Lion Heart Experience aimed at kids’ self-worth

Contributed photo
Detroit, Michigan’s 2021 Teacher of the Year Joe Vercellino, bottom left, and his national touring group, The Lion Heart Experience, will be in both Frazee and Vergas for teacher training and connecting with students Nov. 7-9. 

By Robert Willams


GROW Frazee-Vergas is bringing 2021 Detroit, Michigan Teacher of the Year Joe Vercellino and his Lion Heart Crew for three days in Frazee and Vergas to work with both staff and students on reconnecting students and educators to a sense of worth.

GROW Frazee-Vergas is a group of adults and students utilizing the five-year Positive Community Norms (PCN) grant from the Minnesota Department of Human Services-Behavioral Health Division.

“The coolest thing about us bringing in the Lion Heart Experience from Detroit is last year the youth group sent out a survey to all their peers to get input on who should bring in, so it’s not like we adults we’re just saying we were going to bring somebody in,” PCN grant coordinator LeeAnn Felix said. “They actually got to look through other options.”

While GROW F-V is representative of adults making positive impacts on the lives of students, the kids have their own group MVP (My Voice is Powerful) that mirrors the adult group in having their own goals and missions, along with a specific set of seven core principles.

The Lion Heart Experience is something that embodies the principles of both groups. 

“Other schools who have this grant have brought these guys in and what’s really cool is thy’re all about bringing up kid’s worth and identity and saying that everyone matters and they do it through music and art,” said Felix.

Vercellino was affected positively by a similar production when he was a young student and details that experience and how it created what he now does for kids.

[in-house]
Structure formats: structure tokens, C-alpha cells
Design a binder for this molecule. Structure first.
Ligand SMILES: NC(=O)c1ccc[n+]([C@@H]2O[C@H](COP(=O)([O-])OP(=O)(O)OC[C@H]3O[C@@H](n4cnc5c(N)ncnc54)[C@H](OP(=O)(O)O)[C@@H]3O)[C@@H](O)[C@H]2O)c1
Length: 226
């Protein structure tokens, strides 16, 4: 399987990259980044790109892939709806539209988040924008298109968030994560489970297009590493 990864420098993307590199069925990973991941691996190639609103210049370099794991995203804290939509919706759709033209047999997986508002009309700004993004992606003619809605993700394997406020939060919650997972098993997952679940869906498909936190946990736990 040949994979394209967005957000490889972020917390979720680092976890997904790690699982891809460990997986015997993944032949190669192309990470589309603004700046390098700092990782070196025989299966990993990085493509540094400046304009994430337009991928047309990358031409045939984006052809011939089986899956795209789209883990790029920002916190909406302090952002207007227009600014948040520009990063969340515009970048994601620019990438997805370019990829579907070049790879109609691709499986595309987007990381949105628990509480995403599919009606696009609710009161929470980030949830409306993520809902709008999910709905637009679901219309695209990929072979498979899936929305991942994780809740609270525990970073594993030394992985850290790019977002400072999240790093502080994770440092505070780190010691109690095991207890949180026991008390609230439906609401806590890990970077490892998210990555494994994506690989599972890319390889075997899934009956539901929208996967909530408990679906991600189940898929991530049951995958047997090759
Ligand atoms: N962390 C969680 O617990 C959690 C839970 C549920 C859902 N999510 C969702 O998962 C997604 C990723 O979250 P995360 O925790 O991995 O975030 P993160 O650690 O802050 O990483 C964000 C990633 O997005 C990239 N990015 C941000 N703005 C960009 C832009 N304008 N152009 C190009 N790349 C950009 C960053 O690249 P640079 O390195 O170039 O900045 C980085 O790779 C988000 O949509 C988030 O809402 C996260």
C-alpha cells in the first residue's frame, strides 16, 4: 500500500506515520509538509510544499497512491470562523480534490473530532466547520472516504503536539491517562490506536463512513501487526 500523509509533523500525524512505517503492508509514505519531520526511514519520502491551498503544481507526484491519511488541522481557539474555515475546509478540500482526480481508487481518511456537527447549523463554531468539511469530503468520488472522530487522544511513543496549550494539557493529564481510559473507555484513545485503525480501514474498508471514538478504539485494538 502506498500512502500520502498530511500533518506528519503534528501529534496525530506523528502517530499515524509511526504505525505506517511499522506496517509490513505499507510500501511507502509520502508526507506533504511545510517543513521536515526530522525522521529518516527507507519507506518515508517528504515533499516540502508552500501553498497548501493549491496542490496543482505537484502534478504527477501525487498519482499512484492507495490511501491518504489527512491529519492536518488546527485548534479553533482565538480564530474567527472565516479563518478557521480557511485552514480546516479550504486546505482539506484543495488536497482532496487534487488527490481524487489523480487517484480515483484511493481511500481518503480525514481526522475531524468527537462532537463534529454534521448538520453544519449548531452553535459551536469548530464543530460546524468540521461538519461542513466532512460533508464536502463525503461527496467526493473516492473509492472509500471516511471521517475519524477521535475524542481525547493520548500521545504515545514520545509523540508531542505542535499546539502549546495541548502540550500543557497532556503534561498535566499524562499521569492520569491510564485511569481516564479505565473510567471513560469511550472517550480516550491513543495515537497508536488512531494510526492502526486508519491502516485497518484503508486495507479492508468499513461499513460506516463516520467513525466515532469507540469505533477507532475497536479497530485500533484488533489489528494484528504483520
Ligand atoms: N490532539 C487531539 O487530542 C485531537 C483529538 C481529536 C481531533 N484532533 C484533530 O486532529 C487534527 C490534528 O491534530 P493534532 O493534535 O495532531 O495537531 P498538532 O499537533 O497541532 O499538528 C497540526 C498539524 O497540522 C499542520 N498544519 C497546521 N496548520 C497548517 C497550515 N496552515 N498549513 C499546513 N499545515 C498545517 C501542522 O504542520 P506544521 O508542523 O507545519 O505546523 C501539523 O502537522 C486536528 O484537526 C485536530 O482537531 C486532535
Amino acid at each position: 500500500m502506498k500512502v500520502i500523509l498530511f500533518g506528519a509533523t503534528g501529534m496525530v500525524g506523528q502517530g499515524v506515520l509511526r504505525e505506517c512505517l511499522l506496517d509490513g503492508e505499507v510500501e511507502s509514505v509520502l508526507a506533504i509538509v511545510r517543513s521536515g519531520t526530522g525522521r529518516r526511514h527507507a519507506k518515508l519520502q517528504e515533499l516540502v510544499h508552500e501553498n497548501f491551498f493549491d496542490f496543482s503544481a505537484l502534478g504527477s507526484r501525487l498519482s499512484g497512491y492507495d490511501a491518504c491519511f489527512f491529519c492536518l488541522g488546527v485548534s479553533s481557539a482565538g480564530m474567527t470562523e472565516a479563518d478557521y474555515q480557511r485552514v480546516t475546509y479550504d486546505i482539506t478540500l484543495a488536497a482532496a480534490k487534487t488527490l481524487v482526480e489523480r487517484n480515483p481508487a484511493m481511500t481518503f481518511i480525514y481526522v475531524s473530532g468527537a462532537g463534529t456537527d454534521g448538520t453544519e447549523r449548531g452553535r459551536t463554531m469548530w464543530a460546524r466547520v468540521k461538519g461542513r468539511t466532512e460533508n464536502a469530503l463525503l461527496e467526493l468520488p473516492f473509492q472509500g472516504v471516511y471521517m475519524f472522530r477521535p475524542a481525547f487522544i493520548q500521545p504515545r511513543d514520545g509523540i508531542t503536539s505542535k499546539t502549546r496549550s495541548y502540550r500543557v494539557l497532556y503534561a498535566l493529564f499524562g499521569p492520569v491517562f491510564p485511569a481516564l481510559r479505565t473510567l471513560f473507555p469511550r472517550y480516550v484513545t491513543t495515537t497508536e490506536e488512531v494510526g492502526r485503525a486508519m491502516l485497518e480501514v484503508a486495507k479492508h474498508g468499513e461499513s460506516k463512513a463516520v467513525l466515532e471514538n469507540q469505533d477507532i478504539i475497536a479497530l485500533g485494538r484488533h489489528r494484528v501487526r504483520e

“I was in sixth grade when I watched a speaker come to my school and transform a rowdy gym of middle schoolers into a focused, emotional and centered gathering of young people,” he said on his website. “I was captivated by it, I admired the skill and vision. Now I’m 34 and doing the exact same thing with my own story, my own crew and our own message—one school at a time.”

The Lion Heart Experience is not just for kids.

“It’s so exciting because he’s going to be doing training with all our staff, elementary and high school,” Felix said.

The group will be in Frazee and Vergas for three days Nov. 7-9, with training sessions for teachers the first day, assemblies for grades 7-9 and 10-12 on day two and the final day consisting of presentations for K-6 and the grand finale performance at the Vergas Event Center Wednesday, Nov. 9, at 5 p.m.

For Felix, space availability in Vergas felt like it was meant to be and the group is focused on spreading their message in both towns. GROW and MVP were recently in Vergas to help with the Hairyman Festival. 

“We really want to start doing more stuff there,” Felix said.

Both groups are also joined by area law enforcement, including former Frazee police officer Ryan Seeger, who now works at the Becker County Sheriff’s Office.

“I’m really thankful for Ryan, he is our coalition chair and they fully support his involvement in this,” said Felix.

Seeger has made time to spend with students individually and in group functions, which showcases what GROW F-V is aiming to do with the grant program.

“That’s what we’re really about: adults in the community showing that we care and we want to have fun and support students,” Felix said.

Frazee-Vergas High School is like any other school, where there are issues between students that need solutions and one of those problems is how kids interact on social media. Recently, a group of parents took to Facebook to discuss these problems, then showed up en masse to the last school board meeting. Their concerns are certainly legitimate, but are the means of using social media to address them any different than what they are trying to combat?

Groups like GROW Frazee-Vergas are looking to be a positive force in addressing such issues.

“Be part of the solution in a constructive way and actually look at the data and the whole scope,” said Felix. “There is a concern and there might be some issues, but look at all of the others that are doing good and sticking up for their peers.”

The school recently hosted the “I Can Help” presentations as part of the social, emotional learning curriculum that was purchased through the grant. Those presentations specifically focused on digital media safety and literacy.

“If you see something online or if you see someone not being treated well, get your peers together and let’s help them and shut it down,” said Felix.

The Lion Heart Experience is similar in scope. Vercellino describes his presentation as “reconnecting young people to a sense of worth and identity that keeps them grounded in a compassionate view of themselves and the world around them.

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